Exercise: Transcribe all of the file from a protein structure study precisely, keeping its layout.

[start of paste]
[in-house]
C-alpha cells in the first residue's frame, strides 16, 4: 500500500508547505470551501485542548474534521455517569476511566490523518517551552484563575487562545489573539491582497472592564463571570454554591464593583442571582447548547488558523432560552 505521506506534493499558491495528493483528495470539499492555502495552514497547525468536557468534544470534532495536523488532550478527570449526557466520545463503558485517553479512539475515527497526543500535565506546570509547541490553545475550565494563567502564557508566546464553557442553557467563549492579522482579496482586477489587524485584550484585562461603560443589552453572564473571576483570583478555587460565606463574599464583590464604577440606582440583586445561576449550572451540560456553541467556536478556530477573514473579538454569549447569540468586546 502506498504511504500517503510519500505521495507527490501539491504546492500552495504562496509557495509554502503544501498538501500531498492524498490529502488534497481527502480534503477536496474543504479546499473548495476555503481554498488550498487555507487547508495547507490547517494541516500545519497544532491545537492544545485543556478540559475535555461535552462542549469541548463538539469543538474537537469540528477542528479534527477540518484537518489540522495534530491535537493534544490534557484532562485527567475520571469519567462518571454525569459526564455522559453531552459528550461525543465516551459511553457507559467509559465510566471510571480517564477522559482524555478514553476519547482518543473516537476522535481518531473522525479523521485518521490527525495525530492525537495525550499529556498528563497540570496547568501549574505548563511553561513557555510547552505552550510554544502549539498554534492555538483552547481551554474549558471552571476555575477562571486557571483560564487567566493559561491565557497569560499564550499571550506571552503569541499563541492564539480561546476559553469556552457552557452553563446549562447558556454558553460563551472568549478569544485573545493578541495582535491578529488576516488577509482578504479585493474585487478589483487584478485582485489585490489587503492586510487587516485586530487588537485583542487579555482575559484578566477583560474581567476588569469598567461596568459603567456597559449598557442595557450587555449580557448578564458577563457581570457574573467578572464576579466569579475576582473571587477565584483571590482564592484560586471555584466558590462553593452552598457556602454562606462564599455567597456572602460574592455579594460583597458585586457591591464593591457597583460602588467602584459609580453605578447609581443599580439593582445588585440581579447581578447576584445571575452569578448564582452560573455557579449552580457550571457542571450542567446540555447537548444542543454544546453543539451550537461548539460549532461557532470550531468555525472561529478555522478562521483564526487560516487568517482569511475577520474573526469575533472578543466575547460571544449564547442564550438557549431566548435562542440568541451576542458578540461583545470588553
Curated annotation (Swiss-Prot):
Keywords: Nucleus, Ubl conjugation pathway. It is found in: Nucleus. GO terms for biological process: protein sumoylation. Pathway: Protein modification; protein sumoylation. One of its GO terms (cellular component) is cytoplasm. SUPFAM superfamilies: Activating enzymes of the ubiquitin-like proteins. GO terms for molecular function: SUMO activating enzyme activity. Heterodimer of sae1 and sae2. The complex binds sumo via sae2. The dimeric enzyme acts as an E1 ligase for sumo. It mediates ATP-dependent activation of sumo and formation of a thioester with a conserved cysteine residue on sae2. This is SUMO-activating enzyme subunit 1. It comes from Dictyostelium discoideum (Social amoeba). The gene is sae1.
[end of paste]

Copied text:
[in-house]
C-alpha cells in the first residue's frame, strides 16, 4: 500500500508547505470551501485542548474534521455517569476511566490523518517551552484563575487562545489573539491582497472592564463571570454554591464593583442571582447548547488558523432560552 505521506506534493499558491495528493483528495470539499492555502495552514497547525468536557468534544470534532495536523488532550478527570449526557466520545463503558485517553479512539475515527497526543500535565506546570509547541490553545475550565494563567502564557508566546464553557442553557467563549492579522482579496482586477489587524485584550484585562461603560443589552453572564473571576483570583478555587460565606463574599464583590464604577440606582440583586445561576449550572451540560456553541467556536478556530477573514473579538454569549447569540468586546 502506498504511504500517503510519500505521495507527490501539491504546492500552495504562496509557495509554502503544501498538501500531498492524498490529502488534497481527502480534503477536496474543504479546499473548495476555503481554498488550498487555507487547508495547507490547517494541516500545519497544532491545537492544545485543556478540559475535555461535552462542549469541548463538539469543538474537537469540528477542528479534527477540518484537518489540522495534530491535537493534544490534557484532562485527567475520571469519567462518571454525569459526564455522559453531552459528550461525543465516551459511553457507559467509559465510566471510571480517564477522559482524555478514553476519547482518543473516537476522535481518531473522525479523521485518521490527525495525530492525537495525550499529556498528563497540570496547568501549574505548563511553561513557555510547552505552550510554544502549539498554534492555538483552547481551554474549558471552571476555575477562571486557571483560564487567566493559561491565557497569560499564550499571550506571552503569541499563541492564539480561546476559553469556552457552557452553563446549562447558556454558553460563551472568549478569544485573545493578541495582535491578529488576516488577509482578504479585493474585487478589483487584478485582485489585490489587503492586510487587516485586530487588537485583542487579555482575559484578566477583560474581567476588569469598567461596568459603567456597559449598557442595557450587555449580557448578564458577563457581570457574573467578572464576579466569579475576582473571587477565584483571590482564592484560586471555584466558590462553593452552598457556602454562606462564599455567597456572602460574592455579594460583597458585586457591591464593591457597583460602588467602584459609580453605578447609581443599580439593582445588585440581579447581578447576584445571575452569578448564582452560573455557579449552580457550571457542571450542567446540555447537548444542543454544546453543539451550537461548539460549532461557532470550531468555525472561529478555522478562521483564526487560516487568517482569511475577520474573526469575533472578543466575547460571544449564547442564550438557549431566548435562542440568541451576542458578540461583545470588553
Curated annotation (Swiss-Prot):
Keywords: Nucleus, Ubl conjugation pathway. It is found in: Nucleus. GO terms for biological process: protein sumoylation. Pathway: Protein modification; protein sumoylation. One of its GO terms (cellular component) is cytoplasm. SUPFAM superfamilies: Activating enzymes of the ubiquitin-like proteins. GO terms for molecular function: SUMO activating enzyme activity. Heterodimer of sae1 and sae2. The complex binds sumo via sae2. The dimeric enzyme acts as an E1 ligase for sumo. It mediates ATP-dependent activation of sumo and formation of a thioester with a conserved cysteine residue on sae2. This is SUMO-activating enzyme subunit 1. It comes from Dictyostelium discoideum (Social amoeba). The gene is sae1.